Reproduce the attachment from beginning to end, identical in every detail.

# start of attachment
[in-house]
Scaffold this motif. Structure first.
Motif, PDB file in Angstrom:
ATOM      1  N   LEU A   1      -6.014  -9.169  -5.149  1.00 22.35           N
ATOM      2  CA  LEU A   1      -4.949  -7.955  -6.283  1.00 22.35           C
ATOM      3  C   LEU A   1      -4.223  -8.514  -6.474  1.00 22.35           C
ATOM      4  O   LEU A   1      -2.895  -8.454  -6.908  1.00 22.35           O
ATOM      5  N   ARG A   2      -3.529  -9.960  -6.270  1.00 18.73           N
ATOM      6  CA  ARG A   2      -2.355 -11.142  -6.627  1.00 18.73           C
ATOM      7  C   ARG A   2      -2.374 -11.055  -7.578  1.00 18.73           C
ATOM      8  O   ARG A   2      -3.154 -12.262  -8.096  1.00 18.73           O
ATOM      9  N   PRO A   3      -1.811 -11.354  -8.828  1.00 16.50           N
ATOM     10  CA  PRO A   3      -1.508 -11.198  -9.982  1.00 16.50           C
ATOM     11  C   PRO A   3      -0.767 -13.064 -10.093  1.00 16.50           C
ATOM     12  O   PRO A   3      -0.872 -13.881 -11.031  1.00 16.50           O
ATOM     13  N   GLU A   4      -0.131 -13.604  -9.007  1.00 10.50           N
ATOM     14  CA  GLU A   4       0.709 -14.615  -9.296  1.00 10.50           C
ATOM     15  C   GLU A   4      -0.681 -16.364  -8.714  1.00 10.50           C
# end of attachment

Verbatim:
[in-house]
Scaffold this motif. Structure first.
Motif, PDB file in Angstrom:
ATOM      1  N   LEU A   1      -6.014  -9.169  -5.149  1.00 22.35           N
ATOM      2  CA  LEU A   1      -4.949  -7.955  -6.283  1.00 22.35           C
ATOM      3  C   LEU A   1      -4.223  -8.514  -6.474  1.00 22.35           C
ATOM      4  O   LEU A   1      -2.895  -8.454  -6.908  1.00 22.35           O
ATOM      5  N   ARG A   2      -3.529  -9.960  -6.270  1.00 18.73           N
ATOM      6  CA  ARG A   2      -2.355 -11.142  -6.627  1.00 18.73           C
ATOM      7  C   ARG A   2      -2.374 -11.055  -7.578  1.00 18.73           C
ATOM      8  O   ARG A   2      -3.154 -12.262  -8.096  1.00 18.73           O
ATOM      9  N   PRO A   3      -1.811 -11.354  -8.828  1.00 16.50           N
ATOM     10  CA  PRO A   3      -1.508 -11.198  -9.982  1.00 16.50           C
ATOM     11  C   PRO A   3      -0.767 -13.064 -10.093  1.00 16.50           C
ATOM     12  O   PRO A   3      -0.872 -13.881 -11.031  1.00 16.50           O
ATOM     13  N   GLU A   4      -0.131 -13.604  -9.007  1.00 10.50           N
ATOM     14  CA  GLU A   4       0.709 -14.615  -9.296  1.00 10.50           C
ATOM     15  C   GLU A   4      -0.681 -16.364  -8.714  1.00 10.50           C